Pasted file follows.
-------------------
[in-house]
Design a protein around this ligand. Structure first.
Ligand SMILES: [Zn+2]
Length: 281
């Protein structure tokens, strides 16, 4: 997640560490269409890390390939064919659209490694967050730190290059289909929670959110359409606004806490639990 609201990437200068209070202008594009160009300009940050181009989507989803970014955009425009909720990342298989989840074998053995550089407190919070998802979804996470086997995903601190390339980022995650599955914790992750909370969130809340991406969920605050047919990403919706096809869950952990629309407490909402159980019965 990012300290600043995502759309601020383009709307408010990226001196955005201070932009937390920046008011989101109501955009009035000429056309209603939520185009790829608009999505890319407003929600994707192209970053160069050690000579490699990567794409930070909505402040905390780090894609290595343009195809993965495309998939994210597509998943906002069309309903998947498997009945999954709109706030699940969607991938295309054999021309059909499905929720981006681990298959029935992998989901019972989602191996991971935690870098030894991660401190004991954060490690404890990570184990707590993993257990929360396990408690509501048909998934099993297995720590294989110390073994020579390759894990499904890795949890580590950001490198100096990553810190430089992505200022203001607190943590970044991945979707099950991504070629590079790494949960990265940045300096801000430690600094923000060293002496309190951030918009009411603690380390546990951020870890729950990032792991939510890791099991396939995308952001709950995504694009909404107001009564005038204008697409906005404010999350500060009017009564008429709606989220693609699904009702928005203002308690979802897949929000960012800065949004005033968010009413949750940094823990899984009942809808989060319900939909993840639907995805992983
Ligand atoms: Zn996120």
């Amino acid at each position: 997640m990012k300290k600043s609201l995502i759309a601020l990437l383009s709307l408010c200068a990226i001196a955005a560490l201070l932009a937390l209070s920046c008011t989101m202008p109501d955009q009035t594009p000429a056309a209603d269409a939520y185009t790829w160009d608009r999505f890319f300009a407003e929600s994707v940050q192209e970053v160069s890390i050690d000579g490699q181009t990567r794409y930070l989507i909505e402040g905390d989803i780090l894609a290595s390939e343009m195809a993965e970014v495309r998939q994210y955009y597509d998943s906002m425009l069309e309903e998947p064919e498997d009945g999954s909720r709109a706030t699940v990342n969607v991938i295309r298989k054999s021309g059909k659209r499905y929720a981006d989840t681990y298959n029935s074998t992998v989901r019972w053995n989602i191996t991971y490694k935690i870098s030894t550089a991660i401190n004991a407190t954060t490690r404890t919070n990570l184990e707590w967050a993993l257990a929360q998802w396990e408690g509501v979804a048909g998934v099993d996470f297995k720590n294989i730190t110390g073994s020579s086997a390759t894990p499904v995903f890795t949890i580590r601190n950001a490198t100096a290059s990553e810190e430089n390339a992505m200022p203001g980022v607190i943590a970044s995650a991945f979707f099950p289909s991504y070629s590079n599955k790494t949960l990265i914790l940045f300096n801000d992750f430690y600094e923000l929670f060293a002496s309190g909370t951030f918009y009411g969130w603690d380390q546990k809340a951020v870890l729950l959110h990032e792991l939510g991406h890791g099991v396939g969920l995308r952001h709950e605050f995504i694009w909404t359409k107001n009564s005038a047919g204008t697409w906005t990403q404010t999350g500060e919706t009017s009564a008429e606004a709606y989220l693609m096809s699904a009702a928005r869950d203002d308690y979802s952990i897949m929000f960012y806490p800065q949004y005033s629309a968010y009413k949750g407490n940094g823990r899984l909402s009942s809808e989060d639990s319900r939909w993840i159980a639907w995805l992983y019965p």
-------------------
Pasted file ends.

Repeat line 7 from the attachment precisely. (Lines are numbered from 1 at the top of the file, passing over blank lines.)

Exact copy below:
């Amino acid at each position: 997640m990012k300290k600043s609201l995502i759309a601020l990437l383009s709307l408010c200068a990226i001196a955005a560490l201070l932009a937390l209070s920046c008011t989101m202008p109501d955009q009035t594009p000429a056309a209603d269409a939520y185009t790829w160009d608009r999505f890319f300009a407003e929600s994707v940050q192209e970053v160069s890390i050690d000579g490699q181009t990567r794409y930070l989507i909505e402040g905390d989803i780090l894609a290595s390939e343009m195809a993965e970014v495309r998939q994210y955009y597509d998943s906002m425009l069309e309903e998947p064919e498997d009945g999954s909720r709109a706030t699940v990342n969607v991938i295309r298989k054999s021309g059909k659209r499905y929720a981006d989840t681990y298959n029935s074998t992998v989901r019972w053995n989602i191996t991971y490694k935690i870098s030894t550089a991660i401190n004991a407190t954060t490690r404890t919070n990570l184990e707590w967050a993993l257990a929360q998802w396990e408690g509501v979804a048909g998934v099993d996470f297995k720590n294989i730190t110390g073994s020579s086997a390759t894990p499904v995903f890795t949890i580590r601190n950001a490198t100096a290059s990553e810190e430089n390339a992505m200022p203001g980022v607190i943590a970044s995650a991945f979707f099950p289909s991504y070629s590079n599955k790494t949960l990265i914790l940045f300096n801000d992750f430690y600094e923000l929670f060293a002496s309190g909370t951030f918009y009411g969130w603690d380390q546990k809340a951020v870890l729950l959110h990032e792991l939510g991406h890791g099991v396939g969920l995308r952001h709950e605050f995504i694009w909404t359409k107001n009564s005038a047919g204008t697409w906005t990403q404010t999350g500060e919706t009017s009564a008429e606004a709606y989220l693609m096809s699904a009702a928005r869950d203002d308690y979802s952990i897949m929000f960012y806490p800065q949004y005033s629309a968010y009413k949750g407490n940094g823990r899984l909402s009942s809808e989060d639990s319900r939909w993840i159980a639907w995805l992983y019965p």